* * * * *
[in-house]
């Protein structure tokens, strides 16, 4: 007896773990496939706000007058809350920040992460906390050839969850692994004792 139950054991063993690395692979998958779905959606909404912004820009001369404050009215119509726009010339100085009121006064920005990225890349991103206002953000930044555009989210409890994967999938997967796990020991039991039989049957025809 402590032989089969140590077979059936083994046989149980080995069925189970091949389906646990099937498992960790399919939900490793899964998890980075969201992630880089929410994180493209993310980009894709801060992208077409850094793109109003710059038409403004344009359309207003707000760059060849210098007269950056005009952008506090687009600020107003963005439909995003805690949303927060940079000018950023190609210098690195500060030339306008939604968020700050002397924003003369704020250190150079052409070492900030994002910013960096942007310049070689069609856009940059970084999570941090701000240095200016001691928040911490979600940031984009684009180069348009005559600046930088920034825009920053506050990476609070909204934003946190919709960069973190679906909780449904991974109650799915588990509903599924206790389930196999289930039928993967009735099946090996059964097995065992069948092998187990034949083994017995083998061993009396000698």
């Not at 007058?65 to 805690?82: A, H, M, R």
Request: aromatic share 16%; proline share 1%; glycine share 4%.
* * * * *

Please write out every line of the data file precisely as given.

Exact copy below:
[in-house]
């Protein structure tokens, strides 16, 4: 007896773990496939706000007058809350920040992460906390050839969850692994004792 139950054991063993690395692979998958779905959606909404912004820009001369404050009215119509726009010339100085009121006064920005990225890349991103206002953000930044555009989210409890994967999938997967796990020991039991039989049957025809 402590032989089969140590077979059936083994046989149980080995069925189970091949389906646990099937498992960790399919939900490793899964998890980075969201992630880089929410994180493209993310980009894709801060992208077409850094793109109003710059038409403004344009359309207003707000760059060849210098007269950056005009952008506090687009600020107003963005439909995003805690949303927060940079000018950023190609210098690195500060030339306008939604968020700050002397924003003369704020250190150079052409070492900030994002910013960096942007310049070689069609856009940059970084999570941090701000240095200016001691928040911490979600940031984009684009180069348009005559600046930088920034825009920053506050990476609070909204934003946190919709960069973190679906909780449904991974109650799915588990509903599924206790389930196999289930039928993967009735099946090996059964097995065992069948092998187990034949083994017995083998061993009396000698």
């Not at 007058?65 to 805690?82: A, H, M, R």
Request: aromatic share 16%; proline share 1%; glycine share 4%.